Understanding the ‘bigger picture’: Lessons learned from participatory visual arts-based research with individuals seeking asylum in the United Kingdom
This article presents reflections from a participatory visual arts-based research study with individuals seeking asylum in the north-east of England. This study invited participants to represent their lived experiences through biographical and visual methods. In doing so, they engaged in a process of ethno-mimesis, accomplished through the production of images that function as sites for meaning making, self-representation and social critique. This article demonstrates how an arts-based approach can stimulate change and transformation in individuals’ lives by supporting meaningful participation in the knowledge production process and providing a safe space where participants are empowered by sharing stories that challenge, subvert and reimagine what it feels like to be an asylum seeker. Furthermore it suggests that in contrast to interview settings, through the process of ethno-mimesis participants were offered the time and space to consciously engage with their experiences and invest in their creativity and storytelling capacities in order to render their worldviews visible. Although the findings from this study reinforce an existing rich body of ethnographic work on lived experiences of asylum seekers, this study recognizes that the identified themes highlight the enduring impact of immigration policies on individuals asylum-seeking trajectories and focuses instead on how such experiences are creatively negotiated by participants.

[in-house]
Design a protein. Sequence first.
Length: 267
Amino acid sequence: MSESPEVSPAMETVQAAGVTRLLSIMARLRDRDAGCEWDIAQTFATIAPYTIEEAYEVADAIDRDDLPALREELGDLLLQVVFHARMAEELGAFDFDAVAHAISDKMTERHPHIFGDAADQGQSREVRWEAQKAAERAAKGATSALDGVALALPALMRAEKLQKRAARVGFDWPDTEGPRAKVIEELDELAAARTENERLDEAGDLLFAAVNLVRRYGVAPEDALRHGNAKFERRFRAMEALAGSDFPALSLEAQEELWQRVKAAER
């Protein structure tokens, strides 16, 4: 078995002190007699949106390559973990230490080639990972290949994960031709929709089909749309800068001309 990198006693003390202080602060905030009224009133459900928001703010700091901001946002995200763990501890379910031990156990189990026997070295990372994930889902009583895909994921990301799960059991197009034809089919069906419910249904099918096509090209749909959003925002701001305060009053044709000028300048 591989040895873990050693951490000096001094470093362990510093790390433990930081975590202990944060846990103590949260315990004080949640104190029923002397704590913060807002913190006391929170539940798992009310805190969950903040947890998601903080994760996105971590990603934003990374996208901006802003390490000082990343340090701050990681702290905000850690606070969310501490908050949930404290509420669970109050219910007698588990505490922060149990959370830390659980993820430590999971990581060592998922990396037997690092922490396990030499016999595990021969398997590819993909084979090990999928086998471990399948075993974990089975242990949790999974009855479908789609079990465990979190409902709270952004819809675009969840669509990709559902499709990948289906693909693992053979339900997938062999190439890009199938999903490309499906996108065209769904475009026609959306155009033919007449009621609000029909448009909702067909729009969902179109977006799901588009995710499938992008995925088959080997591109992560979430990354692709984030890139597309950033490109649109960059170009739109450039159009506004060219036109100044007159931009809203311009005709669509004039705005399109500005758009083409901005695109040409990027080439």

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Document Type: Research Article
Publication date: April 1, 2019
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- The course of cultures at both local and global levels is crucially affected by migratory movements. In turn, culture itself is turned migrant. This journal will advance the study of the plethora of cultural texts on migration produced by an increasing number of cultural practitioners across the globe who tackle questions of culture in the context of migration. They do this in a variety of ways and through a variety of media. To name but a few relevant aspects of this juncture of migration and culture, questions of dislocation, travel, borders, diasporic identities, transnational contacts and cultures, cultural memory, the transmission of identity across generations, questions of hybridity and cultural difference, the material and oral histories of migration and the role of new technologies in bridging cultures and fostering cultural cross-pollination will all be relevant. Methodologies of research will include both the study of 'texts' and fieldwork.
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